I loved Elizabeth’s pie pie chart yesterday – in case you missed it, she’s been asking everyone she interviews about their favourite kind of pie, and then compiled them together in – what else? – a pie chart. It’s no surprise that one of the most popular picks is apple – since they’re in season now, and it’s getting chilly enough outside that I want to turn the oven on and bake, I thought it would be timely to share an apple pie recipe here for those who would pick an apple pie above all others.
(It’s near the top of my list too.)
Michael drove up to Jasper for the event with us, and we chatted about music in the car – he talked about a day he had scheduled for writing his next cookbook, when he took the opportunity to play the entire Led Zeppelin discography back to back as he wrote, something he always wanted to do, and it was awesome. (The English band produced nine studio albums and four live albums, as well as nine compilation albums.)
While you’re baking, you’ll have just enough time to watch/listen to Led Zeppelin Live at the Royal Albert Hall circa 1970 – the full concert. Can you think of a better way to spend a wintry afternoon?
If you’ve never made pastry from scratch, now’s the time to – Michael’s pastry secret is frozen butter. Butter adds better flavour than shortening or lard, and when it’s frozen, it’s easy to grate into the flour. Use whatever variety of tart apple you like (I like using a combination for a more complex flavour), and Michael suggests tossing the apples with a cup or so of raisins, or substituting 2 1⁄2 lb (1.25 kg) peeled, sliced ripe local peaches for the apples.
Because we live so close to BC and apples are in season, this fits with The Canadian Food Experience Project – a year-long initiative that has Canadian food bloggers sharing stories of our regional food experiences. The topic this month – our sixth challenge – is our Canadian harvest; apples aren’t a big Alberta crop, but they grow close by, and Chef Michael Smith is a Canadian food icon, so that counts – right? The beautiful top pie photo was taken by James Ingram.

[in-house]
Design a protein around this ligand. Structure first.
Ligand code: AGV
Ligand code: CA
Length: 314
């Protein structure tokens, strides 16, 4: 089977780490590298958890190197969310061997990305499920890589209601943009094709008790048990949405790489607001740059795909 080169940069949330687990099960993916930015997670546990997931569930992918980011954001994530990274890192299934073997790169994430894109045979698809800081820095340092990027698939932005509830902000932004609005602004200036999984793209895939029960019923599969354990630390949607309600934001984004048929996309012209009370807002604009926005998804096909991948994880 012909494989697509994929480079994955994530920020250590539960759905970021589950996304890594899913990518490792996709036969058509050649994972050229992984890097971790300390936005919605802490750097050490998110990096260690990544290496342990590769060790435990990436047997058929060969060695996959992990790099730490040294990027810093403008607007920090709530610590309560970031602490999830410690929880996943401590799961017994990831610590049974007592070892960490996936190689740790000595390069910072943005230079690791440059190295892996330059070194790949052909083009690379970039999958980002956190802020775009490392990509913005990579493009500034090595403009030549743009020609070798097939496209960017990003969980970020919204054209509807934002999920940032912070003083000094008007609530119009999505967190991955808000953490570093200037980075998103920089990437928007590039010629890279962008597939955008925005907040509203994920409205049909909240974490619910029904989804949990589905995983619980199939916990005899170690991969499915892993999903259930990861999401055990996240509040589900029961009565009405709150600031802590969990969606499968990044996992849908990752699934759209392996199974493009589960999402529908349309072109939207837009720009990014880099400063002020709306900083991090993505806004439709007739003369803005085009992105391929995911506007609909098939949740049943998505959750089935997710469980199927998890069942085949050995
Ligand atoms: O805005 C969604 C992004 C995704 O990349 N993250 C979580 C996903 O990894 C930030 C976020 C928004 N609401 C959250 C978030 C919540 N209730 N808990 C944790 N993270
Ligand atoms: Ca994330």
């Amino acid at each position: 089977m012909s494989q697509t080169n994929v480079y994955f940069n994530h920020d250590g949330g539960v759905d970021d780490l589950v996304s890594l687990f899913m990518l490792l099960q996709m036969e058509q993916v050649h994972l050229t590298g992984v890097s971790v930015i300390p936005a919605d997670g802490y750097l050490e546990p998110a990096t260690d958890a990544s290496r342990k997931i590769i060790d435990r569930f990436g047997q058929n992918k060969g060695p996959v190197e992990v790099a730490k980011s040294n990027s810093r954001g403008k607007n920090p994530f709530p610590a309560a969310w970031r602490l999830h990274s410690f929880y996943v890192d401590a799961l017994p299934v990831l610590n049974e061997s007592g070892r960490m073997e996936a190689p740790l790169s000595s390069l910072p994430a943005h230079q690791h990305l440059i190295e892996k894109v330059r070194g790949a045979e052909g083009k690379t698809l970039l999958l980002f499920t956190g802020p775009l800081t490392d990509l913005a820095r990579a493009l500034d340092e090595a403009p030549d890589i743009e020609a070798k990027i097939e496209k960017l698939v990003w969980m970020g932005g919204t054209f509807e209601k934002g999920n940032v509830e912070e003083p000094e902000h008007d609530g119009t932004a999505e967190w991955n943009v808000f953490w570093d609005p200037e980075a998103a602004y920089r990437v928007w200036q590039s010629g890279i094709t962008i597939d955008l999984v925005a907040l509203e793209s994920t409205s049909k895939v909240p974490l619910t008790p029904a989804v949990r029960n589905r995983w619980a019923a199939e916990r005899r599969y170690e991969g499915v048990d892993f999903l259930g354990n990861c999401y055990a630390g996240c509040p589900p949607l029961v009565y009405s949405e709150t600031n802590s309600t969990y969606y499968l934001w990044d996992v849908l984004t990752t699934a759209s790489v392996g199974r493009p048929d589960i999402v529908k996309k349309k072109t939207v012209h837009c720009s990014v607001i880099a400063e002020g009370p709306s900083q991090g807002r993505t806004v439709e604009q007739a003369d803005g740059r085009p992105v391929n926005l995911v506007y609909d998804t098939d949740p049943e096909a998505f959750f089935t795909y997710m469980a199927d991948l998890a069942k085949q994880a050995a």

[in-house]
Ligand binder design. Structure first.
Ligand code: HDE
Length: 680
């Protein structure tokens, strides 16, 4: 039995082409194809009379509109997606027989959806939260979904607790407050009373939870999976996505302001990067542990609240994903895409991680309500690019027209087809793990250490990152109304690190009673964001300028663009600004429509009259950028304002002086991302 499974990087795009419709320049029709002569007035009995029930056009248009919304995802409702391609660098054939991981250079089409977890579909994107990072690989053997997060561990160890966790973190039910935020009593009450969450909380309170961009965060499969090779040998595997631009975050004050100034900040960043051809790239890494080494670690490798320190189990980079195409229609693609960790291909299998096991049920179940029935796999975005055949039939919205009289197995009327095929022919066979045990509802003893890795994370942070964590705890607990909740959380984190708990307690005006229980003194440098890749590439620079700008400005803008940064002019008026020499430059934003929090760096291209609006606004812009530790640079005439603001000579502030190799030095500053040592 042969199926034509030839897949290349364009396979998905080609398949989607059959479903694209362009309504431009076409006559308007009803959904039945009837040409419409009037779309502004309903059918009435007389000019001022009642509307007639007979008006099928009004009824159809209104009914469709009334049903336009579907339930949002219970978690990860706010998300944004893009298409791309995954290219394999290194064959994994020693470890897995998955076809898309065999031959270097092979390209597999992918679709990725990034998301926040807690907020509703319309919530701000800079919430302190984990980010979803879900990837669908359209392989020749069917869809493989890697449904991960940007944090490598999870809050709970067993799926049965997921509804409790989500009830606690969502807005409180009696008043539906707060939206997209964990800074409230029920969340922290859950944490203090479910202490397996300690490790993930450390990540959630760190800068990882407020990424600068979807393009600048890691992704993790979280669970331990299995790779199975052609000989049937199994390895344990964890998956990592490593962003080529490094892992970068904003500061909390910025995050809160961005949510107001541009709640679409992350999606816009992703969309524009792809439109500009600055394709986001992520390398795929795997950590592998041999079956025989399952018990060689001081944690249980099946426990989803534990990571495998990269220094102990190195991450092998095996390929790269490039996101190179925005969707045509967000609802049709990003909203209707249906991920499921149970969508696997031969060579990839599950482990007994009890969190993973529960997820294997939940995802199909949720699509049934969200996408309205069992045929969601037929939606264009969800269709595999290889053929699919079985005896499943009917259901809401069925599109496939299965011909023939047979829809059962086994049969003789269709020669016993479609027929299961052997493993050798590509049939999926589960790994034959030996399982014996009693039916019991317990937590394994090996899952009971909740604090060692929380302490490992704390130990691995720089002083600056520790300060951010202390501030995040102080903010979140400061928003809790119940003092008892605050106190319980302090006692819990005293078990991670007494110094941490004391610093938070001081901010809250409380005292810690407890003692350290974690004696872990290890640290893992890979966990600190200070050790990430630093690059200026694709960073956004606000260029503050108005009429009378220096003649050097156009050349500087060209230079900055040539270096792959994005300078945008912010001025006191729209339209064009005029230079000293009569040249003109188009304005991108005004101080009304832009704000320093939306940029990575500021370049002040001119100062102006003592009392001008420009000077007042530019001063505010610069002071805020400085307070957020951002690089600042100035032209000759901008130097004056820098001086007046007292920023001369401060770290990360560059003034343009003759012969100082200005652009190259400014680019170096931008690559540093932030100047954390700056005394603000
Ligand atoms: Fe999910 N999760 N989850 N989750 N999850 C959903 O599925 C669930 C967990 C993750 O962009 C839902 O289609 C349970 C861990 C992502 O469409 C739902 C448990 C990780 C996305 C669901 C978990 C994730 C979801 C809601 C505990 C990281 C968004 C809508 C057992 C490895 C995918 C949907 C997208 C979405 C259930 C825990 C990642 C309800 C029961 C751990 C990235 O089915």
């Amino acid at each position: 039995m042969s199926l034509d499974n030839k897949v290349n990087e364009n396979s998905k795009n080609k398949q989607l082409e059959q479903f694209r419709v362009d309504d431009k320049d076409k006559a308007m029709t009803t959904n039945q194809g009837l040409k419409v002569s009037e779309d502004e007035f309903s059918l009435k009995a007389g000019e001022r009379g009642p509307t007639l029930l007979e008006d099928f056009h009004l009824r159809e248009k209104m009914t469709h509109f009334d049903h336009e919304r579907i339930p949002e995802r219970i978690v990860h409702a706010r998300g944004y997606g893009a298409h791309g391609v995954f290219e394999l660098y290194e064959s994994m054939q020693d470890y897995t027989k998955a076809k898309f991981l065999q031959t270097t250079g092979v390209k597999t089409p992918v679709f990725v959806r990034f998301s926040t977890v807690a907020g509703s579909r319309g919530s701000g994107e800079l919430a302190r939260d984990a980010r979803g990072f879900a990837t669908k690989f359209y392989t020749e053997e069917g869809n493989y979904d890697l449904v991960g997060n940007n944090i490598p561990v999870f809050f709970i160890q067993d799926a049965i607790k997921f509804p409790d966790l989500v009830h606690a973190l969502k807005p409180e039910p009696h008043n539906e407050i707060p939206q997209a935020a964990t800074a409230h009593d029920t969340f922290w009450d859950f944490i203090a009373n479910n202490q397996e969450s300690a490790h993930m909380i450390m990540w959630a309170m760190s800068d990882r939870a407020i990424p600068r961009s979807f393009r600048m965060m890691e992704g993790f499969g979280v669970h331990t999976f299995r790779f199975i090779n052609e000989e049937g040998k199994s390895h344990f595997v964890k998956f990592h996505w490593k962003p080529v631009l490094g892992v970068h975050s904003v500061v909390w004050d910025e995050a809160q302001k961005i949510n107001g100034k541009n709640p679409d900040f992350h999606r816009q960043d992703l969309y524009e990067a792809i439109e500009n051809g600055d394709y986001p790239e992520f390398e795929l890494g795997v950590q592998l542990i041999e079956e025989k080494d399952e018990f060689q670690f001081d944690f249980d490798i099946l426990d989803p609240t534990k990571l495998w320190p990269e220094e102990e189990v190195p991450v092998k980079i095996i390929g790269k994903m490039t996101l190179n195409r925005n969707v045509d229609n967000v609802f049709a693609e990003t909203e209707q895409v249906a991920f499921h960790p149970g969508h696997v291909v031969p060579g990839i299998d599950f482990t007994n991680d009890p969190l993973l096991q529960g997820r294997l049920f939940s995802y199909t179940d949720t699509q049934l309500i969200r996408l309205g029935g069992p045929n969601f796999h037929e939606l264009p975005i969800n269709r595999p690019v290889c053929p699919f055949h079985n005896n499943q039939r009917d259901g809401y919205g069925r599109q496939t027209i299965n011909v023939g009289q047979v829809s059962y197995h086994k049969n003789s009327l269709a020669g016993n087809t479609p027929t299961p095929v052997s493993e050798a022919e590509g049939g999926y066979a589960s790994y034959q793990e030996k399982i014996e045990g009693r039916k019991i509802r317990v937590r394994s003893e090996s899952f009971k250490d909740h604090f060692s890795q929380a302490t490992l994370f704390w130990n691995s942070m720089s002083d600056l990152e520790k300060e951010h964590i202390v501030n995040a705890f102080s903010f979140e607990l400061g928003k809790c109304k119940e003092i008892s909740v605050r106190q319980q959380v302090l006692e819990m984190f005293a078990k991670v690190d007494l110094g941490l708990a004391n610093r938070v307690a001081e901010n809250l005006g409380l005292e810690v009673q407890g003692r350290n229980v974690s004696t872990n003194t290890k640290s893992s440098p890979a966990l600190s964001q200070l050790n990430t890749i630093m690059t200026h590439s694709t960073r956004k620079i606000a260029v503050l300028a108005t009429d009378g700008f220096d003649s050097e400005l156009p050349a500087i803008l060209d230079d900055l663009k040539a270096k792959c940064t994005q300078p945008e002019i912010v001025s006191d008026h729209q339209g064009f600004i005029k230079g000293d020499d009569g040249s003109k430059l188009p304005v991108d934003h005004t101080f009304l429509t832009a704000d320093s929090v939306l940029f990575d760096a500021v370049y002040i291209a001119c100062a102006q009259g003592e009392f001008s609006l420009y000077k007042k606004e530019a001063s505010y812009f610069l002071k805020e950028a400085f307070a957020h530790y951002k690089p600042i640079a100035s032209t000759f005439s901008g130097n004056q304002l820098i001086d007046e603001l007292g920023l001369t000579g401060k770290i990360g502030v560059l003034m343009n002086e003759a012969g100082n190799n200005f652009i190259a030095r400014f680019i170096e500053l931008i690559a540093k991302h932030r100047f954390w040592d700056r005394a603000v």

Old-Fashioned Apple Pie
Reprinted with permission from The Best of Chef at Home, by Michael Smith (Whitecap)
2 1⁄2 cups (625 mL) all-purpose flour
2 tablespoons (30 mL) white sugar
1 teaspoon (5 mL) salt
2 sticks (1 cup / 250 mL) frozen butter
12 tablespoons (180 mL) water
6 or 8 large Honey Crisp or Granny Smith apples, peeled, cored and sliced
1⁄2 cup (125 mL) brown sugar
2 tablespoons (30 mL) all-purpose flour
1 teaspoon (5 mL) ground cinnamon
Whisk the flour, sugar and salt together in a large bowl.
Using a standard box or potato grater, grate the frozen butter into the flour and toss lightly with your fingers until it’s thoroughly combined. Sprinkle in the ice water and stir with your fingers, mixing and firmly kneading until the dough comes together in a ball.
Divide dough into 2 pieces; making sure that one half is slightly larger than the other. Wrap in plastic wrap, flatten and chill for at least 30 minutes, or even overnight. Resting tenderizes the pastry, making it easier to roll.
Remove the pastry from the refrigerator and allow it to warm slightly, just until it’s pliable. Lightly flour your hands, the rolling pin, your work surface and the dough.
Roll out the larger pastry piece into a circle large enough to slightly overlap the edges of a 9-inch (23 cm) glass deep-dish pie dish. As you roll, for ease of handling, lightly flour the dough every time its diameter doubles, then flip it over and continue rolling. Transfer the dough to the pie dish by folding it into quarters, then unfolding it in the dish.
Preheat your oven to 375°F (190°C).
Toss the apple slices with the brown sugar, flour and cinnamon. Add the apple mixture to the bottom crust. Roll out the remaining smaller piece and carefully place it over the top of the pie.
Roll and crimp the edges of the dough together, tightly sealing them. Poke a few vent holes into the top of the pie and place on the bottom rack of your oven. Bake for an hour or so, until the crust is golden and the juices are bubbling.